Indonesia exported 1.124 million tonnes of DWP, or more than 99 percent of the total, to China in 2021, according to data from the World Bank’s Comtrade. The 2021 figure was almost twice the 630,500 tonnes exported to China in 2019, and is part of a trend — market research firm IndexBox estimates that DWP exports to China have grown by 123.8 percent a year since 2012.
While much of that is going to companies like Sateri, a Chinese subsidiary of RGE and the largest viscose fibre producer in the world, at least some is ending up in the semi-autonomous region Xinjiang, where human rights campaigners say up to three million Turkic Muslims, mostly ethnic Uighurs, have been detained in re-education camps.
Xinjiang’s viscose industry is dominated by Zhongtai Chemical Co, which, via its subsidiary, Xinjiang Zhongtai Textile Group, produced about 662,000 tonnes of the material in 2020 alone, accounting for 12 percent of global production.
Zhongtai, which produces almost all Xinjiang viscose, is partly owned by the regional government and has close ties to Xinjiang Production and Construction Corps, a paramilitary organisation that the United States, the European Union and human rights advocates have implicated in the surveillance, mass detention and forced labour of Uighurs.
“Zhongtai is one of the most enthusiastic participants in the [forced] labour transfer programmes in the Uighur region that we’ve ever encountered,” Laura Murphy, a professor of human rights and contemporary slavery at Sheffield Hallam University in the United Kingdom, told Al Jazeera.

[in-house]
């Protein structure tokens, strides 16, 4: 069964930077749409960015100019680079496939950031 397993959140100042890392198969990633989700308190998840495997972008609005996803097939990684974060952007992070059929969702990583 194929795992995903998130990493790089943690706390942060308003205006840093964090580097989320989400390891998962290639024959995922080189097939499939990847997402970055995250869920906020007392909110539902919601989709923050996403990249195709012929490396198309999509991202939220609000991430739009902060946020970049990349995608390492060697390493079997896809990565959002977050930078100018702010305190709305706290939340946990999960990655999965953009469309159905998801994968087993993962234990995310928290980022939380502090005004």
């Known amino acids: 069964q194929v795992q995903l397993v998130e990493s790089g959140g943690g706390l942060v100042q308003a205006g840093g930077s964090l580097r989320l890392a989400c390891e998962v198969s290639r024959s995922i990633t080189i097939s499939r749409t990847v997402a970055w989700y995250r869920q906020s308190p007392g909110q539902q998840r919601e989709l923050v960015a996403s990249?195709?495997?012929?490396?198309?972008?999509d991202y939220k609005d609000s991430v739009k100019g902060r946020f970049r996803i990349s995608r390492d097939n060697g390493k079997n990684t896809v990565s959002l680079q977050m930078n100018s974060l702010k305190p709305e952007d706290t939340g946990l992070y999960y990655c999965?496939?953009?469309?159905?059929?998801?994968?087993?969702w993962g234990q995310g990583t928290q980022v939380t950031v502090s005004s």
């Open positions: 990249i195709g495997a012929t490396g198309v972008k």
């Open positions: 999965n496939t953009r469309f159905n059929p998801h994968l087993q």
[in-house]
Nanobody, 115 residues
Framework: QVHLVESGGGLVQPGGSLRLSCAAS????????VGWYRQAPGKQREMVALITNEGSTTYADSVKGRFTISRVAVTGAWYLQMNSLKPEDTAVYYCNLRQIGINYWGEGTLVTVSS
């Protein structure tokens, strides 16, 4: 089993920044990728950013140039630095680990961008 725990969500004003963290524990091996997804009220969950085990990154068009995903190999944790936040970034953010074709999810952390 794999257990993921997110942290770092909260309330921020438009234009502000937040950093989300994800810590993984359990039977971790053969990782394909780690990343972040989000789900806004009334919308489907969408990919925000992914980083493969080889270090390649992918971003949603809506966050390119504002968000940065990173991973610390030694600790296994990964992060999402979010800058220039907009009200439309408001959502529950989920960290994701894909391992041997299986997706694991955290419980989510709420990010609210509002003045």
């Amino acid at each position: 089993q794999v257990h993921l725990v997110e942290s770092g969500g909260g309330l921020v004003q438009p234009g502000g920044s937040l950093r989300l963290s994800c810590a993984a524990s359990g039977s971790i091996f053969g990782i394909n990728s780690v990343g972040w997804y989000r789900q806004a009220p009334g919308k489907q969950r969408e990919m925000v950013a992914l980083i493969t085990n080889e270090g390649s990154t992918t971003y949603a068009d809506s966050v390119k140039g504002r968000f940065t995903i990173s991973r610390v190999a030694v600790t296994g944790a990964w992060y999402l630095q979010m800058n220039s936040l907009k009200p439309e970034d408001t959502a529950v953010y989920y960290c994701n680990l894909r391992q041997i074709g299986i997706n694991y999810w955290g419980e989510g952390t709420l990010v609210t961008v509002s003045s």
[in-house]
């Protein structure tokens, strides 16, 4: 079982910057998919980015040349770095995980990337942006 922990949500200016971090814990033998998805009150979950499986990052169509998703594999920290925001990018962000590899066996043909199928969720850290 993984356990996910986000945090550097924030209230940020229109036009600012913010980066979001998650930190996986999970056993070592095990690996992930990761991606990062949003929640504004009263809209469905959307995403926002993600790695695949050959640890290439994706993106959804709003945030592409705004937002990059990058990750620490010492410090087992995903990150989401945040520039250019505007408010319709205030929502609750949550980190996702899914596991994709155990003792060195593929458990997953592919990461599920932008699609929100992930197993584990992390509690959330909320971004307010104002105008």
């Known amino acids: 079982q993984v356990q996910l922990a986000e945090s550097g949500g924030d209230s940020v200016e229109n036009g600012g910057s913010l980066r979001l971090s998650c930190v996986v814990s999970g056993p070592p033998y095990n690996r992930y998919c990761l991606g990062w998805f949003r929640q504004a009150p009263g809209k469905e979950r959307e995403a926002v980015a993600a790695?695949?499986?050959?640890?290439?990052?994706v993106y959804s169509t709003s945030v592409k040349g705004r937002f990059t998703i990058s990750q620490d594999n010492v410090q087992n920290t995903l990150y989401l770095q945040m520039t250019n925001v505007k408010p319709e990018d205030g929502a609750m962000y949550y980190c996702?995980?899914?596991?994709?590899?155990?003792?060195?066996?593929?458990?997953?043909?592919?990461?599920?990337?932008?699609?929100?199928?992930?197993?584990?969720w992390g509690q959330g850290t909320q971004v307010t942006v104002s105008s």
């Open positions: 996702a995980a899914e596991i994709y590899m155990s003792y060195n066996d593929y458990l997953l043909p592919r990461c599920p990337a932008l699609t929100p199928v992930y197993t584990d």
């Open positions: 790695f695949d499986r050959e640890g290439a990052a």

According to Chinese customs data, Indonesia was one of the top four sources of DWP to Xinjiang between 2016 and 2019, the last year for which reliable data is available. The official figures may be an undercount, according to analysts such as Murphy, since DWP imported by other companies such as Sateri could be routed via Chinese intermediaries to Xinjiang factories run by Zhongtai.
“Supply chains in China are fairly obscure,” Murphy said. “It’s difficult or impossible to know how things move within China.”
In 2021, an investigation report in the South China Morning Post identified several Finnish companies as the main exporters of DWP to Xinjiang. This led one of the largest producers, Stora Enso, to cut exports to Zhongtai due to forced labour concerns.
The result could be more Indonesian DWP exports. Over the past decade, there has been a concerted effort to industrialise Xinjiang, and the region is playing an ever-increasing role in the global viscose market, as companies like Zhongtai open new facilities, often in partnership with other Chinese companies. For example, Zhongtai opened a factory with Zhejiang-based Haihong Textile Printing and Dyeing Co Ltd in 2020, which on its website claims to export fabric, including viscose, to the US, Canada, England, Germany, France, Spain, Japan and South Korea.